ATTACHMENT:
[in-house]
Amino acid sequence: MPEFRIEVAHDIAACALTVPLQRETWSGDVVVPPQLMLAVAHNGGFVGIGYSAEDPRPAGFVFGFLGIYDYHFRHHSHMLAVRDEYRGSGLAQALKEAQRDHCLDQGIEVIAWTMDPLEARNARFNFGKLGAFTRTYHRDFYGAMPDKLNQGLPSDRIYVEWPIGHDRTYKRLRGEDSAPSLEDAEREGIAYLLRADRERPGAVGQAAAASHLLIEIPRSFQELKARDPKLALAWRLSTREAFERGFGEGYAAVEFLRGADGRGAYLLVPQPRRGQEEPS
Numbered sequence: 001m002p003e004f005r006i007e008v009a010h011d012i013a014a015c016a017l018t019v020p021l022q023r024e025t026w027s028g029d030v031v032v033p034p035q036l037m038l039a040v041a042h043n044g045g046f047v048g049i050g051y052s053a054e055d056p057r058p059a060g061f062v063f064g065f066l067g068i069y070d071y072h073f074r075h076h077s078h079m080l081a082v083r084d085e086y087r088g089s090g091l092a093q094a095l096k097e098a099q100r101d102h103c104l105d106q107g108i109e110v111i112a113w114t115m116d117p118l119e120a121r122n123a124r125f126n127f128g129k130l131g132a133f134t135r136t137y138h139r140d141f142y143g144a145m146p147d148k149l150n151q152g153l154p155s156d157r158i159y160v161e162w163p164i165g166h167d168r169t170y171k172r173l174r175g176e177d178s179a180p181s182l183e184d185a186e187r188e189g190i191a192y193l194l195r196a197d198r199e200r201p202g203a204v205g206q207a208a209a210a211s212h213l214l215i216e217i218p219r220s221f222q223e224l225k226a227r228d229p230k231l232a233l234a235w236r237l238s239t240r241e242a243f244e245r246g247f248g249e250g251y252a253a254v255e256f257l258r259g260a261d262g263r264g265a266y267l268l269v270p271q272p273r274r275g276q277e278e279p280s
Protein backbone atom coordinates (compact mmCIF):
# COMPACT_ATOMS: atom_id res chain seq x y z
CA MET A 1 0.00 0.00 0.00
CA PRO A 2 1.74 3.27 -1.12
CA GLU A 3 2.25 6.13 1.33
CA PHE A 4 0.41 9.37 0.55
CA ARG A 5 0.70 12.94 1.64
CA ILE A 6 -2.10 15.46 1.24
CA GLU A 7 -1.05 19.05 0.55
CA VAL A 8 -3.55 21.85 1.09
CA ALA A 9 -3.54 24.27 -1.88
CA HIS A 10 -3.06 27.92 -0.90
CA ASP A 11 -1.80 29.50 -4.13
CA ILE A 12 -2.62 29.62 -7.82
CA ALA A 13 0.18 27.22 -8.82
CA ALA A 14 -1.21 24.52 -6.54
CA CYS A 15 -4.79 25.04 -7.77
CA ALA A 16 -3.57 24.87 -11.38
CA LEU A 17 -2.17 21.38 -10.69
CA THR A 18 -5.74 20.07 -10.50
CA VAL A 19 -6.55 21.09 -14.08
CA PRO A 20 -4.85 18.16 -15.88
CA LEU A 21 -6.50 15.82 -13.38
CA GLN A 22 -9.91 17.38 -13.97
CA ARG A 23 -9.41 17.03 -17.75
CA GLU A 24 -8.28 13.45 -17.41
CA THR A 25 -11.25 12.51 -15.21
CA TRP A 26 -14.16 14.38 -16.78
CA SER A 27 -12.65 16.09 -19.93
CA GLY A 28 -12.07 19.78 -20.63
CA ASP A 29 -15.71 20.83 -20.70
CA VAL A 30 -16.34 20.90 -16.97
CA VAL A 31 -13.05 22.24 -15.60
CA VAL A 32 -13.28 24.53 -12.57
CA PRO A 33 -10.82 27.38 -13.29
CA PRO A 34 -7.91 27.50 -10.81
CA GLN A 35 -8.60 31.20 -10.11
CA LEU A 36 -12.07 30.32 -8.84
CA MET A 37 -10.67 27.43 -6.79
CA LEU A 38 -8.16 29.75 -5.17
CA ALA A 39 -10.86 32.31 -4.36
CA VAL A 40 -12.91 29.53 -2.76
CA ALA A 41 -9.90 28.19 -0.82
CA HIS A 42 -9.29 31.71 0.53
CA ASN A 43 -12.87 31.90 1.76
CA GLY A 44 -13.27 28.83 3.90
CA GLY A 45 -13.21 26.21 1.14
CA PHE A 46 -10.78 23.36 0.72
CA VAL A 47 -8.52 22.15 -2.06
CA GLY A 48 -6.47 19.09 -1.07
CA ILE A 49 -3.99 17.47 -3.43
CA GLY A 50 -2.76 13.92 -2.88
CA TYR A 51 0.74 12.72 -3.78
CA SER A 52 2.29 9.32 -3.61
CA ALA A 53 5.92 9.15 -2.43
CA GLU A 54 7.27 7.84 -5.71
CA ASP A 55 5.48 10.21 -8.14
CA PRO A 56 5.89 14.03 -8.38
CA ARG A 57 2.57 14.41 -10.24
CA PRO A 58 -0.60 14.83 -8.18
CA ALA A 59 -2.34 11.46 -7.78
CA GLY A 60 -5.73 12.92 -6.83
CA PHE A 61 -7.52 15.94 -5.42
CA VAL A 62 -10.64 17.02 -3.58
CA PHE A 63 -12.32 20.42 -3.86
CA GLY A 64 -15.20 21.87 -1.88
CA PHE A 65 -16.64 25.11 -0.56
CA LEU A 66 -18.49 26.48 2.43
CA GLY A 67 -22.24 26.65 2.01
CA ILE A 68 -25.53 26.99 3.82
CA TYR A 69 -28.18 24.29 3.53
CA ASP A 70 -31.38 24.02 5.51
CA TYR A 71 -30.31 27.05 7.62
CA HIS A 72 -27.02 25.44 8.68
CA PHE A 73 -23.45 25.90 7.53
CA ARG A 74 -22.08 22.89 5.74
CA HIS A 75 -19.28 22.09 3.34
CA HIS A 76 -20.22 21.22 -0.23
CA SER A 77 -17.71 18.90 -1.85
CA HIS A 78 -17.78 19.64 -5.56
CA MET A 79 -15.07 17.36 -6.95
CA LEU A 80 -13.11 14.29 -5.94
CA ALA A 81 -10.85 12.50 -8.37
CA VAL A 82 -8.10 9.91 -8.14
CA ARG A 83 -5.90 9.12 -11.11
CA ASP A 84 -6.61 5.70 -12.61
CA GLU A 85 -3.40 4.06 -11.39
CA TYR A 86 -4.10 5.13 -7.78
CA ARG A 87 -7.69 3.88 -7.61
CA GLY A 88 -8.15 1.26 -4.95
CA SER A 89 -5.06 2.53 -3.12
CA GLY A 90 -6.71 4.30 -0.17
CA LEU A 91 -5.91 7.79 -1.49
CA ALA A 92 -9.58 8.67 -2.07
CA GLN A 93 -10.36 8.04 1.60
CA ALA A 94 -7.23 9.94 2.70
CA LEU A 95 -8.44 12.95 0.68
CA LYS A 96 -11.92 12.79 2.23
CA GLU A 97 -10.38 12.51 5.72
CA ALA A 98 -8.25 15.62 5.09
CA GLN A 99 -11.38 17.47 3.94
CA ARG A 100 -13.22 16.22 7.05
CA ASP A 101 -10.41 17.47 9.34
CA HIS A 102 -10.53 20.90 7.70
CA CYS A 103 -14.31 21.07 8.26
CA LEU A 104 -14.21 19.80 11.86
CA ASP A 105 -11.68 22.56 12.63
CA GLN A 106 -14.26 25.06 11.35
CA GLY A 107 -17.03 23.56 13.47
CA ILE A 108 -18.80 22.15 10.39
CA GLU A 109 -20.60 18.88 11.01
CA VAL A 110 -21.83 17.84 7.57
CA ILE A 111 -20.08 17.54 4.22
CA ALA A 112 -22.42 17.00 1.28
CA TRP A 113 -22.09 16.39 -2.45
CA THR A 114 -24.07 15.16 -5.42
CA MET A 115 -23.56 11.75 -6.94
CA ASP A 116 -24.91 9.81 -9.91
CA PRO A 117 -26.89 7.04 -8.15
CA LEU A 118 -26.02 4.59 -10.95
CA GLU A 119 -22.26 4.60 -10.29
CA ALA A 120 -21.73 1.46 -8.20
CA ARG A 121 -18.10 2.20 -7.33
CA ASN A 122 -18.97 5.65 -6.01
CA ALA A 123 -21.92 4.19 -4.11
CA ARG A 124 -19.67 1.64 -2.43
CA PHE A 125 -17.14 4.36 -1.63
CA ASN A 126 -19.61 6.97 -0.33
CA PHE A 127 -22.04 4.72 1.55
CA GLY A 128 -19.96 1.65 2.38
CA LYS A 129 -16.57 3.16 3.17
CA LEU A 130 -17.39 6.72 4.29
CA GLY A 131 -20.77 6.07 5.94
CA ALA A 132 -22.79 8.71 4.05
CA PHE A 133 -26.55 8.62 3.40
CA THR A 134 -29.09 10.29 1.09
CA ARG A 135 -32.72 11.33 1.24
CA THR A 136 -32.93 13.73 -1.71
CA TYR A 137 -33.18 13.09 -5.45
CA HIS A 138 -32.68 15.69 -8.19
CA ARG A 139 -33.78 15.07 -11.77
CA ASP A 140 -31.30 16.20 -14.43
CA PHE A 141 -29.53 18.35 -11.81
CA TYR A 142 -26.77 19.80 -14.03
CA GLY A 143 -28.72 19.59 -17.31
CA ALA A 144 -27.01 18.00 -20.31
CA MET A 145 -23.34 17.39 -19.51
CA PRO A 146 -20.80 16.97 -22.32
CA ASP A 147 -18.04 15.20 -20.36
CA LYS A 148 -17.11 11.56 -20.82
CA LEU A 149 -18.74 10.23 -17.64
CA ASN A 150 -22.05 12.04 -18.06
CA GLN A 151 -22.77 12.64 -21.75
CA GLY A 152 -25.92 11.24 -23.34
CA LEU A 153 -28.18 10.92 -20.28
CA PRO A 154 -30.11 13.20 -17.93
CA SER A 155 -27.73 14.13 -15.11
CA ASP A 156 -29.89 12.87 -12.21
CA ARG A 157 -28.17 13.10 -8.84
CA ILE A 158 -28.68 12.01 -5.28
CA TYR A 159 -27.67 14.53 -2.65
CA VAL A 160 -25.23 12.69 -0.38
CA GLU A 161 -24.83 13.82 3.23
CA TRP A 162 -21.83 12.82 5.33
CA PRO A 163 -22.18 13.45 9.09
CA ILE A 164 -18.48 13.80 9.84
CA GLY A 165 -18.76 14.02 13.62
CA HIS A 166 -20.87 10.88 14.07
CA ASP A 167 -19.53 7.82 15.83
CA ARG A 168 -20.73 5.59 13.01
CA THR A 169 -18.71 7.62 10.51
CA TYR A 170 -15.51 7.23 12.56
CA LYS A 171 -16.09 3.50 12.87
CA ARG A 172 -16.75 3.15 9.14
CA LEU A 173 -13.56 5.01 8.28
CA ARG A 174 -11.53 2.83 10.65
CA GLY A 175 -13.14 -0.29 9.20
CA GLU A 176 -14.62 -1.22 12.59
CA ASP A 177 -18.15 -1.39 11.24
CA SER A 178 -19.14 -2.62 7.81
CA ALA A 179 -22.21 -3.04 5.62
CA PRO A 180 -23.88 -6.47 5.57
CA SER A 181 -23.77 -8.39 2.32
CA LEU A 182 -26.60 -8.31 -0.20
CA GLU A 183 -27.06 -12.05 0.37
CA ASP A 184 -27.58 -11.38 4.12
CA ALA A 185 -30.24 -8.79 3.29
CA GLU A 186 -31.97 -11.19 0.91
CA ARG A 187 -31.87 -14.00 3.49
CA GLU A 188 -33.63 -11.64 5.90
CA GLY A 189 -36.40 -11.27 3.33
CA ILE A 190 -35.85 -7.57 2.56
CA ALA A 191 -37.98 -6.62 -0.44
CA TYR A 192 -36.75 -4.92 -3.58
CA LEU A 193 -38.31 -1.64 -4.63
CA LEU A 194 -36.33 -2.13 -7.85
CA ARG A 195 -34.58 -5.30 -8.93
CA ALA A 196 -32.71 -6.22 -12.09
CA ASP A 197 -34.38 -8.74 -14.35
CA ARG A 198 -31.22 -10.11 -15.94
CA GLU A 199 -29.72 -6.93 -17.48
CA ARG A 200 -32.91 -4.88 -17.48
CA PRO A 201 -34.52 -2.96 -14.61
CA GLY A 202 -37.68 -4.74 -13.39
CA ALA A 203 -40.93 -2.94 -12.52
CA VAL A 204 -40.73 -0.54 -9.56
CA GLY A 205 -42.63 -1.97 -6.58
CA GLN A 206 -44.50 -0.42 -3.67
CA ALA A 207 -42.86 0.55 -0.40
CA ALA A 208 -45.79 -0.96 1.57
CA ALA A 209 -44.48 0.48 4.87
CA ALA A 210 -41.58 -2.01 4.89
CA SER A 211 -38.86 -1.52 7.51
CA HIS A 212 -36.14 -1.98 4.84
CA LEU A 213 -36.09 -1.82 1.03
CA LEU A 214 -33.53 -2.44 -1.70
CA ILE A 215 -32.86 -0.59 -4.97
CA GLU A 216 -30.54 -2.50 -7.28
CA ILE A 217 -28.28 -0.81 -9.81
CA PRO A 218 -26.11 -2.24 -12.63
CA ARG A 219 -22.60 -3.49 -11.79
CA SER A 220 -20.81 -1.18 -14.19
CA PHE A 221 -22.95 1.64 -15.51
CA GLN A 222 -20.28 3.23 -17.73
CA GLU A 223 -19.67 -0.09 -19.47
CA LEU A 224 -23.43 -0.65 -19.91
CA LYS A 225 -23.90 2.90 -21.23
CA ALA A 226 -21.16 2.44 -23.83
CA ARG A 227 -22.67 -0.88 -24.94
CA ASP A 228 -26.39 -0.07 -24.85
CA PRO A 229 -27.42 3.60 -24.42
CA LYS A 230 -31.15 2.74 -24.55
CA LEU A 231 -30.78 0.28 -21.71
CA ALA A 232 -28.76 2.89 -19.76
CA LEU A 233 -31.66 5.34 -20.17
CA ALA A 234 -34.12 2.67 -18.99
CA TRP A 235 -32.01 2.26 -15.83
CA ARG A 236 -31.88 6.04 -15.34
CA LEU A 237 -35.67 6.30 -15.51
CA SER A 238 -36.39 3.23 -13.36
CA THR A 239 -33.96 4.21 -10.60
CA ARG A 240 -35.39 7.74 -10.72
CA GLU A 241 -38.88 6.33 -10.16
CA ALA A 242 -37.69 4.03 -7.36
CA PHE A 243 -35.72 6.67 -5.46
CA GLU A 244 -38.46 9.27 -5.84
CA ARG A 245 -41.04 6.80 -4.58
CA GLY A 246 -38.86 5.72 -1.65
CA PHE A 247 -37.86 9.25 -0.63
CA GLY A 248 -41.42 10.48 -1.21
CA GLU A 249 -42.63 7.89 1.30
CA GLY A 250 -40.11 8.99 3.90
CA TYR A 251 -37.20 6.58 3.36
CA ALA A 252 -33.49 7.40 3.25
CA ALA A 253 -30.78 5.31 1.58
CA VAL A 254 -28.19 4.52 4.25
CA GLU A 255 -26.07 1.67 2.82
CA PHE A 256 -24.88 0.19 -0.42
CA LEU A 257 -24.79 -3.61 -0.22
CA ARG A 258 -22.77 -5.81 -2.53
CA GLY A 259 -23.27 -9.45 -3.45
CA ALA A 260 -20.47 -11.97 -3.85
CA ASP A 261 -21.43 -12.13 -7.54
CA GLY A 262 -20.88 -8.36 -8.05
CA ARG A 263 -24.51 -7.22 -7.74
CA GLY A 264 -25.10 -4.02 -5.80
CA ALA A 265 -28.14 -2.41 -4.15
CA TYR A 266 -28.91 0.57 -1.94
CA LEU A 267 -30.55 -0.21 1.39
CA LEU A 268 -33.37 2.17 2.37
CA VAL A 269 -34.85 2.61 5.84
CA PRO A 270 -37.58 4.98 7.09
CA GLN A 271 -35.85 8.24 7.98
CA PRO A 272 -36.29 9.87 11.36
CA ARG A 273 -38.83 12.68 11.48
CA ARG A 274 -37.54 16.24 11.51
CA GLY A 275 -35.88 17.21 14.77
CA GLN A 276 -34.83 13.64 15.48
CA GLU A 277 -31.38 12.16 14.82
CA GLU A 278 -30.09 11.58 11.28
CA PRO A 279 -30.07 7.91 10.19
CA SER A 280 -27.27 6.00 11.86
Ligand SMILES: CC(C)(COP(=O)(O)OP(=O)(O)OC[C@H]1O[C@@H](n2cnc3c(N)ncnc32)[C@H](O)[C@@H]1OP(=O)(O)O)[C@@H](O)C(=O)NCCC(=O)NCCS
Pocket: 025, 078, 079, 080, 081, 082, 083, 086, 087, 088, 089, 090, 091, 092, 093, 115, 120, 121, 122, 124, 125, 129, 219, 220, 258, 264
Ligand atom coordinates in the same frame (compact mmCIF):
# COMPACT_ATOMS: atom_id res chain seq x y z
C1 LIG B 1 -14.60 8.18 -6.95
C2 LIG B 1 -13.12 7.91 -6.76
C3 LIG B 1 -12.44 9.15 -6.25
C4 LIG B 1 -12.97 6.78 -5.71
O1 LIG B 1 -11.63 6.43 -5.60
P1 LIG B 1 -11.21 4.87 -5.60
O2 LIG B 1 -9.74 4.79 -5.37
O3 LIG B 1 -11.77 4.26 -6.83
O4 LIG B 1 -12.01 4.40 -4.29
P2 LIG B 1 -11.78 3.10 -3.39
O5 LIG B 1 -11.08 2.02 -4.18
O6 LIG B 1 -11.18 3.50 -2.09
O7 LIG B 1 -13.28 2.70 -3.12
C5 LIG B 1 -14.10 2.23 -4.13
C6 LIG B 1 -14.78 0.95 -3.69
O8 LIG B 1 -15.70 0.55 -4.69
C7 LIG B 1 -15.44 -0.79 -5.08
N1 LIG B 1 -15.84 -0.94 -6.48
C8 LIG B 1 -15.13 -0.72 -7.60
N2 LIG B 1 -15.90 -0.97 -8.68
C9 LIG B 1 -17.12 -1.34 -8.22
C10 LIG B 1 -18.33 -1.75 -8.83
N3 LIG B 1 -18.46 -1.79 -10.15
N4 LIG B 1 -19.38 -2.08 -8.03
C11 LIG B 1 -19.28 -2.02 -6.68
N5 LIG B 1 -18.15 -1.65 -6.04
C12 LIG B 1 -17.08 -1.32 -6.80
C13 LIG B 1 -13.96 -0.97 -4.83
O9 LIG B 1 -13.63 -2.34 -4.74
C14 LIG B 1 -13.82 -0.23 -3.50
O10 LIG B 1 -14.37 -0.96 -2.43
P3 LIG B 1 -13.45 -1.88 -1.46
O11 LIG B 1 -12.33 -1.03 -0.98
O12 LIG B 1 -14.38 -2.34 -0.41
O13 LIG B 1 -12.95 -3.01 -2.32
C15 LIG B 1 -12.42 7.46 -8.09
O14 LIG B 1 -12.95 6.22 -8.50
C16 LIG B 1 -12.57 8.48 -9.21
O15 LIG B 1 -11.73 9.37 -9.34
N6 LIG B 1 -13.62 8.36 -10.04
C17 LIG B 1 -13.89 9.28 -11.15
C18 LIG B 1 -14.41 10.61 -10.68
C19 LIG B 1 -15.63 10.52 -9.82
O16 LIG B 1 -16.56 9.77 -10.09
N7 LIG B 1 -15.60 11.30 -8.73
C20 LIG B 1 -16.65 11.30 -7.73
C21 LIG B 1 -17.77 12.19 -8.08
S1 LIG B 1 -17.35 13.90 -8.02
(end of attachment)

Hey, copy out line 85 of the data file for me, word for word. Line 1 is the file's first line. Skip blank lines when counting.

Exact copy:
CA LEU A 80 -13.11 14.29 -5.94